India will become one of the five countries producing Chandon outside France. Napa Valley-based Domaine Chandon celebrates its 40th anniversary this year when both China and India join the action as well. Argentina, Brazil and Australia are the other producers, making Moet perhaps the only Champagne Company with a significant presence-all in the New World; Moet claims to be the first to have stepped out of the caves or Champagne and gone to discover the New World.

Curiously, Prats whom I have met at many occasions, seems to be quite bullish about India though he rightly believes that ‘things take more time in India’. In the recent statements he named India and China with the growth potential for Moet Chandon whereas on another occasion, he referred to India and Africa being the future-India being the common denominator. Both statements were made outside India.

It will be interesting to see the impact of his company’s branding strategy, as he says ‘ Soon we will have six estates with a common packaging, style and market dedication to feed the young, up and coming consumers who want great bubbles, but maybe don’t want to spend quite the same money as Champagne,” he reportedly told db.

The project in India marks the next phase of Moët Hennessy’s pioneering ethos. “Moët has always been a forward thinker,” says Prats who undoubtedly would have plans to visit India at the launch or soon after (October can be sometimes busy , as it is just after the harvesting month).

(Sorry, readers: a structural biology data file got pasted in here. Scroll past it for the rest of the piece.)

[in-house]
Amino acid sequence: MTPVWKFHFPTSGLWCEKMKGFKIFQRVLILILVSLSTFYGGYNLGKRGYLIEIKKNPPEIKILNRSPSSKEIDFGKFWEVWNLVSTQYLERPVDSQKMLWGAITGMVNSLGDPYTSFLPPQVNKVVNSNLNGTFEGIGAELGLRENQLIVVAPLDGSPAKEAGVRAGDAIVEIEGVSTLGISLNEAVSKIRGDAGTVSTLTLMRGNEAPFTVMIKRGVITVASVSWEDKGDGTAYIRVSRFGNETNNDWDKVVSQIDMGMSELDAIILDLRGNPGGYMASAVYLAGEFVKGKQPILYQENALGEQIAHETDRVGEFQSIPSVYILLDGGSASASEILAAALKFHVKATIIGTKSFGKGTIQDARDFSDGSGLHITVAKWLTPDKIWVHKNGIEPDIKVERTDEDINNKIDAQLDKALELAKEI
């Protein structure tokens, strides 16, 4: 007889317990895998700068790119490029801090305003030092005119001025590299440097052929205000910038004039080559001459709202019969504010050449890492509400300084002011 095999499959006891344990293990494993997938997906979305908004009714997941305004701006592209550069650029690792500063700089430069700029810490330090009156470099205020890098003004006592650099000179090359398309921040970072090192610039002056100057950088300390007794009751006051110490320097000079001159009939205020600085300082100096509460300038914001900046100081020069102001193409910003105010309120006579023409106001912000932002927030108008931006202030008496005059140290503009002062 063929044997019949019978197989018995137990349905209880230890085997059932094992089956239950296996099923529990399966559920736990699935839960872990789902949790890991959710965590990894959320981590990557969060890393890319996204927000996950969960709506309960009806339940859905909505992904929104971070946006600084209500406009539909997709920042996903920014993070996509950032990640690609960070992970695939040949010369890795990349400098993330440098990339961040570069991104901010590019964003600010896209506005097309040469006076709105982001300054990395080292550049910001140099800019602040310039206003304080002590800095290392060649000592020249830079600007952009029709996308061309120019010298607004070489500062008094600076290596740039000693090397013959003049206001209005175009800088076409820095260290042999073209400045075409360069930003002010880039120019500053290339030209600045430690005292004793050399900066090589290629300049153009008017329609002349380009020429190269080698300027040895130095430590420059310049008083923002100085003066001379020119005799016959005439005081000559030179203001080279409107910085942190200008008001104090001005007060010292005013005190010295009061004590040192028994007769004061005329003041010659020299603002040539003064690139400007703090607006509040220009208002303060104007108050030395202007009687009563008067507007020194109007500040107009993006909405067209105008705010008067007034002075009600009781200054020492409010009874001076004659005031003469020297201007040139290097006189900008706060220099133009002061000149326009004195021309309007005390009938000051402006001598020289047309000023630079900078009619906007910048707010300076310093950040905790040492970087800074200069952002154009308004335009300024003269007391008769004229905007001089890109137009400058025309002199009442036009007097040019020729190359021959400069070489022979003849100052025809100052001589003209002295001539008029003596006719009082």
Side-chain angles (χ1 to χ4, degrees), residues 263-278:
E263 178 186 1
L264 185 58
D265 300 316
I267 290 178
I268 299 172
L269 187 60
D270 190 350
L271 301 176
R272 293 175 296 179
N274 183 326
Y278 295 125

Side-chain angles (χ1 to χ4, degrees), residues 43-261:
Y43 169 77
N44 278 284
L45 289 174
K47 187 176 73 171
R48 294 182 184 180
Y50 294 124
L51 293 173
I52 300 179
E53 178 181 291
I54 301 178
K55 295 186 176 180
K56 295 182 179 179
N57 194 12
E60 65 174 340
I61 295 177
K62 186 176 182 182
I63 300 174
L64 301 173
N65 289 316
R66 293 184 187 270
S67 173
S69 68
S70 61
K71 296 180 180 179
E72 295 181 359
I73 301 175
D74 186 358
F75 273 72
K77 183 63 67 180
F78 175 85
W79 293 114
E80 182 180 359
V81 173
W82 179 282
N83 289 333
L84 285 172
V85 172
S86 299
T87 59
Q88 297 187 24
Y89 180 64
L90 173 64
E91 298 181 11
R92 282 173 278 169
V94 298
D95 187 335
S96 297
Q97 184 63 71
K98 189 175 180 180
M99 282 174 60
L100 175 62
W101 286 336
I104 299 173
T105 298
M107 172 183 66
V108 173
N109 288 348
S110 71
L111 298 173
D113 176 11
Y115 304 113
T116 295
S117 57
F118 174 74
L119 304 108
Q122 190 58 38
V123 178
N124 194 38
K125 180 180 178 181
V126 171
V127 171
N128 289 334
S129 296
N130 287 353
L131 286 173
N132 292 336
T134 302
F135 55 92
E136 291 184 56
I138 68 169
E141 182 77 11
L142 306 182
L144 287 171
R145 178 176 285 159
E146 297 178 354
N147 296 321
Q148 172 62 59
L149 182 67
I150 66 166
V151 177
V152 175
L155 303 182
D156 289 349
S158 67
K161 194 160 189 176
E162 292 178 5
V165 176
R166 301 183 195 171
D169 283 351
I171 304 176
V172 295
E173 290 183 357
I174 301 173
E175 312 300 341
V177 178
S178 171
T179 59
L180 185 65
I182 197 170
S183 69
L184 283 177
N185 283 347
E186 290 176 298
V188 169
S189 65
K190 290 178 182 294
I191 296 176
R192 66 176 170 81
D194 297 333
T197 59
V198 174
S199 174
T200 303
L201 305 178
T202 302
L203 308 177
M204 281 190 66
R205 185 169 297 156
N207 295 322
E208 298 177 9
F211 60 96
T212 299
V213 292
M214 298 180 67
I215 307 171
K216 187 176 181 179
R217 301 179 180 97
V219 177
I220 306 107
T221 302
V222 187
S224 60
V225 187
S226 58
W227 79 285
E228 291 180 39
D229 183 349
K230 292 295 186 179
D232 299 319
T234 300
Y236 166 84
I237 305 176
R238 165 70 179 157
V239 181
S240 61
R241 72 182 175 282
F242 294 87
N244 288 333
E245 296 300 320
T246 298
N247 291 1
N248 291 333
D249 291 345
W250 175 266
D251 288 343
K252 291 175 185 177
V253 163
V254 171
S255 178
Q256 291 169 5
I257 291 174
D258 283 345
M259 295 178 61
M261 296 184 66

Construction of the new Chandon winery is already under progress near Nashik, Maharashtra, as Moët Hennessy’s first winery in India. The company also claims to have bought land and grapes are already growing, though it is not clear how they could manage it under Maharashtra agricultural land ownership laws where only the state farmers can buy land within limits.

Having produced its first vintage in 2012 at York Winery with bought out grapes, the launch this October in Mumbai will be the sixth piece in the Chandon jigsaw-including the Moet Chandon.

Although Moet has initiated a project in China for making still red wines because of their increasing popularity, it is too early to tell whether the company will venture into this area in India as well. Logically, they will first establish the bubbles business and then move on to the still wine market. In the meanwhile, their viticulturists and winemakers in Australia would have gathered the relevant information and would be ready when the strategy so required.

It is certain that the company will expand only if the right quality can be made. As Prats says, "Bordeaux has had difficulty in the last two to three years to find the right prices. Burgundy is having difficulty to feed the demand for its wines. California is more focused on its domestic market. This leaves the door open for new producers and new regions from the New World. But you have to the right quality. That is a must."

Whichever way you look, India is ready to gain and welcome the bubbly from  a premier producer and one can look for a positive growth in consumption due to their presence.

Subhash Arora